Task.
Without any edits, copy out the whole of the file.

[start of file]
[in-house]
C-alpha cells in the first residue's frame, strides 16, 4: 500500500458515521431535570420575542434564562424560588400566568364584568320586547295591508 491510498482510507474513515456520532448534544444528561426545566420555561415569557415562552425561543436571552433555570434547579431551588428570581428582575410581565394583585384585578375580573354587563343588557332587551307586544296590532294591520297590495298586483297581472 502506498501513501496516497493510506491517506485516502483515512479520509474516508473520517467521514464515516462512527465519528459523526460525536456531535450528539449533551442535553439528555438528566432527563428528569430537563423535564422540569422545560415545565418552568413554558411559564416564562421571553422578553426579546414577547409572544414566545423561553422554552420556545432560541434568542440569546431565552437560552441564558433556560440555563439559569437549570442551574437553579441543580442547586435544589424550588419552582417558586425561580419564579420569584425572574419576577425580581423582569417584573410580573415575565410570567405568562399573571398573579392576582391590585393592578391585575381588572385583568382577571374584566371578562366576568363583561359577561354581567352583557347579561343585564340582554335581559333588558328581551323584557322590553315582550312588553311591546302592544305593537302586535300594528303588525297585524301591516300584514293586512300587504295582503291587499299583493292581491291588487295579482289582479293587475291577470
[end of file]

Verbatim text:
[in-house]
C-alpha cells in the first residue's frame, strides 16, 4: 500500500458515521431535570420575542434564562424560588400566568364584568320586547295591508 491510498482510507474513515456520532448534544444528561426545566420555561415569557415562552425561543436571552433555570434547579431551588428570581428582575410581565394583585384585578375580573354587563343588557332587551307586544296590532294591520297590495298586483297581472 502506498501513501496516497493510506491517506485516502483515512479520509474516508473520517467521514464515516462512527465519528459523526460525536456531535450528539449533551442535553439528555438528566432527563428528569430537563423535564422540569422545560415545565418552568413554558411559564416564562421571553422578553426579546414577547409572544414566545423561553422554552420556545432560541434568542440569546431565552437560552441564558433556560440555563439559569437549570442551574437553579441543580442547586435544589424550588419552582417558586425561580419564579420569584425572574419576577425580581423582569417584573410580573415575565410570567405568562399573571398573579392576582391590585393592578391585575381588572385583568382577571374584566371578562366576568363583561359577561354581567352583557347579561343585564340582554335581559333588558328581551323584557322590553315582550312588553311591546302592544305593537302586535300594528303588525297585524301591516300584514293586512300587504295582503291587499299583493292581491291588487295579482289582479293587475291577470